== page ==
Trump Must Be Punished for the Manafort Pardon
When Donald Trump commuted the sentence of Roger Stone, I wrote this (emphasis in original):
The president has no “right” to exercise authority in the Constitution. The Constitution gives him the power to do several things – including pardon and commutation power. Having said power does not allow him to use it to obstruct justice. The ordinary American with a driver’s license has the power to operate an automobile. That doesn’t absolve one who drives the getaway car in a bank robbery, or transports an abductee, or even violates speeding limits. If one is using power to prevent themselves from being exposed for criminal behavior, then the power is being abused.
Yesterday, Donald Trump abused his pardon power again, this time to obstruct justice via pardoning Paul Manafort (Washington Post, emphasis added):
With Wednesday’s pardon of Manafort, Trump has now intervened to aid five people charged in the Russia probe, which was eventually taken over by special counsel Robert S. Mueller III. The White House announcement made no secret that Trump was taking aim at that investigation; it said Manfort’s (sic) convictions were “premised on the Russian collusion hoax,” and that the pardon for Stone would “help to right the injustices he faced at the hands of the Mueller investigation.”
For those still willing to cling to the utterly ignorant notion that Trump has any credibility on this, I remind you of what Mueller actually found in his investigation (as he reported):
Separately, on August 2, 2016, Trump campaign chairman Paul Manafort met in New York City with his long-time business associate Konstantin Kilimnik, who the FBI assesses to have ties to Russian intelligence. Kilimnik requested the meeting to deliver in person a peace plan for Ukraine that Manafort acknowledged to the Special Counsel’s Office was a “backdoor” way for Russia to control part of eastern Ukraine; both men believed the plan would require candidate Trump’s assent to succeed (were he to be elected President). They also discussed the status of the Trump Campaign and Manafort’s strategy for winning Democratic votes in Midwestern states. Months before that meeting, Manafort had caused internal polling data to be shared with Kilimnik, and the sharing continued for some period of time after their August meeting.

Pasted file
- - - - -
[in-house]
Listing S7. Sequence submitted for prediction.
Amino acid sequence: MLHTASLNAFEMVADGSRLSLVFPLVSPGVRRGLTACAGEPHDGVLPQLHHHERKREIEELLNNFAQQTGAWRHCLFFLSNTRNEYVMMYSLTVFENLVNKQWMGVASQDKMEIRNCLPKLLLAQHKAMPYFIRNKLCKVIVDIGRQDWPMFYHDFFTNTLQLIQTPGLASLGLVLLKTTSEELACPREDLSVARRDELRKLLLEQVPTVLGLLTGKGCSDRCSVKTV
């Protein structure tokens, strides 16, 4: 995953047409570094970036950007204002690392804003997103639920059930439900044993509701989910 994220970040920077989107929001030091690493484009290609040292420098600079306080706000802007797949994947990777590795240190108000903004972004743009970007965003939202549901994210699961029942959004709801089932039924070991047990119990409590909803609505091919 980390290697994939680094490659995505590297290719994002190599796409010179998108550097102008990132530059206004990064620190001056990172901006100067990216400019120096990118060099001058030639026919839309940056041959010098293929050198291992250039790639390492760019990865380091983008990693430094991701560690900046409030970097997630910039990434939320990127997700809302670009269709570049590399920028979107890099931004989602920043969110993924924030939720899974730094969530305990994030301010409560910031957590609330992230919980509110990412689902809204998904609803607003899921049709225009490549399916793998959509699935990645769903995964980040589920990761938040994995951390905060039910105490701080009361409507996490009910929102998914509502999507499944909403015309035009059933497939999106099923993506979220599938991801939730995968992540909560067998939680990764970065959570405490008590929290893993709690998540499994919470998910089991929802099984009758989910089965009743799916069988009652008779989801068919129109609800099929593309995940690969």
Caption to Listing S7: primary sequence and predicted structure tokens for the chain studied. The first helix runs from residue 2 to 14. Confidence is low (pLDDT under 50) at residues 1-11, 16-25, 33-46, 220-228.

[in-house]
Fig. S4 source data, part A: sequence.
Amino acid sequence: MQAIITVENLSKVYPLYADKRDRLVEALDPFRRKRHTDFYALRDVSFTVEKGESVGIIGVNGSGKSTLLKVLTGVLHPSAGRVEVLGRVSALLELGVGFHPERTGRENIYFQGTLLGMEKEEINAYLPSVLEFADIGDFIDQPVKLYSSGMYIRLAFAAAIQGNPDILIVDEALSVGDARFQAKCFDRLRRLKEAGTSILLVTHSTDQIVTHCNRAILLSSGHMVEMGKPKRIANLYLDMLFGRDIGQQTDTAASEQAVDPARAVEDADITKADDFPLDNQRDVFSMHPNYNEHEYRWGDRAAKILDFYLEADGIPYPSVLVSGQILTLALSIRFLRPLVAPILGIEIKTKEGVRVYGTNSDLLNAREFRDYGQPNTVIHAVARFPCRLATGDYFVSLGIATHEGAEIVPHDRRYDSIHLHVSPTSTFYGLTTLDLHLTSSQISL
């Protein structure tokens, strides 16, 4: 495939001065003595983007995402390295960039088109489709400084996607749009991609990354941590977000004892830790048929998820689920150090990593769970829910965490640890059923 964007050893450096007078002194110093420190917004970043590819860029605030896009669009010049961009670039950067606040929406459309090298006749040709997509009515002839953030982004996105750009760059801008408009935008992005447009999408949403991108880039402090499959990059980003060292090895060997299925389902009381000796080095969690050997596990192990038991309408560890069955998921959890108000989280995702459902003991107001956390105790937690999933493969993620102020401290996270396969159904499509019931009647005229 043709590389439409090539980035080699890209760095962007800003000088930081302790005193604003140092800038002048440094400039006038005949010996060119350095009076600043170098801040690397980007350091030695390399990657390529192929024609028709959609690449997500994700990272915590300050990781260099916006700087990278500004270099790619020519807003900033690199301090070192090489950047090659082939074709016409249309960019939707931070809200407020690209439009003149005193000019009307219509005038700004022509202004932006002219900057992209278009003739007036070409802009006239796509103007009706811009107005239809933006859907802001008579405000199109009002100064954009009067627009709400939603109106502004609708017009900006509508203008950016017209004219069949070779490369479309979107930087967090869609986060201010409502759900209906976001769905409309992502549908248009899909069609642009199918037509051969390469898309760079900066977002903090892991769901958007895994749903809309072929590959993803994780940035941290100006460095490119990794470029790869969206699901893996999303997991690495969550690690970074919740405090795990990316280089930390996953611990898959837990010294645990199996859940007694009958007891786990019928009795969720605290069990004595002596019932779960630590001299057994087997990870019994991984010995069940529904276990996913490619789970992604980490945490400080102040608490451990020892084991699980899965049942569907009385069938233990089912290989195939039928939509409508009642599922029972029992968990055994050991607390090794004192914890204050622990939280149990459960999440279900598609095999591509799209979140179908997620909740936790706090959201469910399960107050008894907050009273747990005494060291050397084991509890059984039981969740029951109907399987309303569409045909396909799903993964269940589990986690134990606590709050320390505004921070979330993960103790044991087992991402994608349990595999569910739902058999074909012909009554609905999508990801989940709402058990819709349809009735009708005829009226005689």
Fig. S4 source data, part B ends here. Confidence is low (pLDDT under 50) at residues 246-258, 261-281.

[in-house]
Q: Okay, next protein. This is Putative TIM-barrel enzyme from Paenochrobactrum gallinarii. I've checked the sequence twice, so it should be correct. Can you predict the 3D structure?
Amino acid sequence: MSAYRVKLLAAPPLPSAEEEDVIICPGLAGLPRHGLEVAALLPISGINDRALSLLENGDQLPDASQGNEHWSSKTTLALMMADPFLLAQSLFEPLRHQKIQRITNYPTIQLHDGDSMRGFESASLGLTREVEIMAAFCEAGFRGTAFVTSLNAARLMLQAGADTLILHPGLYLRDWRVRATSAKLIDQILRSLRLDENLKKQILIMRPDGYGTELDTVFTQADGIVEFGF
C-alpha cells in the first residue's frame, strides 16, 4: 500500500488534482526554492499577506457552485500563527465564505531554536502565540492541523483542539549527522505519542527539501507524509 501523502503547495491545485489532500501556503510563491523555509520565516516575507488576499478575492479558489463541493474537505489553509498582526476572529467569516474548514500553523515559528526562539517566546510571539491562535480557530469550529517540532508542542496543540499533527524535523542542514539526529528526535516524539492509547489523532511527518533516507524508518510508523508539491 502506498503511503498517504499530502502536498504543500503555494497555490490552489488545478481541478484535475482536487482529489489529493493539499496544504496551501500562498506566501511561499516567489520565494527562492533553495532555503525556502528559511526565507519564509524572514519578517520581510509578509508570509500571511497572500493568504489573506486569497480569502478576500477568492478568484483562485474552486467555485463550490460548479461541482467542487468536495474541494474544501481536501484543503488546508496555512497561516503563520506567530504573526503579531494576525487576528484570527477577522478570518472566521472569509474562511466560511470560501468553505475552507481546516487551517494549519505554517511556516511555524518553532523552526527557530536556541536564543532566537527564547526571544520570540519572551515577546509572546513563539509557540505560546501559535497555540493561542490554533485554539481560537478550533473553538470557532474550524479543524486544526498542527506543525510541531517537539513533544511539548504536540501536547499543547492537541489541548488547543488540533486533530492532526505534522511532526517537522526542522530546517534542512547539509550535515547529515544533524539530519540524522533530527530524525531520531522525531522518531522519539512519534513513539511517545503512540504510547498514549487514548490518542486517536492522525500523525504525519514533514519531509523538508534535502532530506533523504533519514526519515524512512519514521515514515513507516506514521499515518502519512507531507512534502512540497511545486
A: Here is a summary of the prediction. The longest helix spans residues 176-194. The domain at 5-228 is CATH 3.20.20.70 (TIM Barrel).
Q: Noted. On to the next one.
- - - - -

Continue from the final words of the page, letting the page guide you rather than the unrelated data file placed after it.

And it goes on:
Under the Yanukovych-backed plan, Russia would assist in withdrawing the military, and Donbas would become an autonomous region within Ukraine with its own prime minister. The plan emphasized that Yanukovych would be an ideal candidate…
To this day, we still don’t know how deep Manafort and Kilimnik linked the Trump campaign and Russian intelligence. Why you ask? Mueller answers that, too.
In resolving whether Manafort breached his cooperation plea agreement by lying to the Office, the district court found that Manafort lied about, among other things, his contacts with Kilimnik regarding the peace plan, including the meeting in Madrid.
This is, by the way, a peace plan being imposed on Ukraine as we speak.
Manafort saw this pardon coming. Indeed, it was implied from Trump’s legal team, as Mueller again notes.
In January 2018, Manafort told Gates that he had talked to the President’s personal counsel and they were “going to take care of us.” Manafort told Gates it was stupid to plead, saying that he had been in touch with the President’s personal counsel and repeating that they should “sit tight” and “we’ll be taken care of.”
Of course, we don’t have enough evidence for certain that Trump obstructed justice by offering a pardon to Manafort. At the time Mueller produced his report, the pardon was merely implied. Now it is a reality.
I remind the readers again of my post from the Stone commutation. I called for a second impeachment. The only thing keeping me from doing it now is timing (although I do think the Democrats should start an inquiry in the House). However, what prevents impeachment from happening – the fact that Trump will be out of office in less than four weeks – also opens up a prosecution for obstruction of justice.
I freely acknowledge that I am not a lawyer. I also know that Joe Biden is not looking to reopen wounds. Unfortunately, the American republic would be harmed much more greatly if Trump finds no punishment for this travesty of justice.
Again, Trump certainly has the power to pardon – but I still hold that using presidential power to engage in criminal activity is still criminal activity. Manafort will be freed, which can’t be changed, but Trump can and must face justice for what he has done.
Or, as Tim Miller noted in The Bulwark,
People who are the victims of hoaxes do not obstruct justice and obstruct the truth about the most serious foreign attack on our elections in history.
Here is the truth.
Paul Manafort is the human embodiment of every negative trope about influence peddling and the Washington swamp.
The Republican-led Senate investigation concluded: “Manafort’s influence work . . . was, in effect, influence work for the Russian government and its interests.”
Part of that work was providing access to the top levels of the Trump campaign, which the Russian government was covertly assisting across many vectors.
Manafort lied and concealed this collusion with Russian operatives at every possible opportunity in order to protect his own ass and to protect Donald Trump.
These actions were nothing short of treasonous.
So is this pardon.
You may think treasonous is too strong a word.
Maybe you’re right.
I’ll accept “criminal” …
… and deserving of punishment requisite to the crime, so that every future president will know that behavior like this has consequences.
This is one instance where justice is more important than political peace.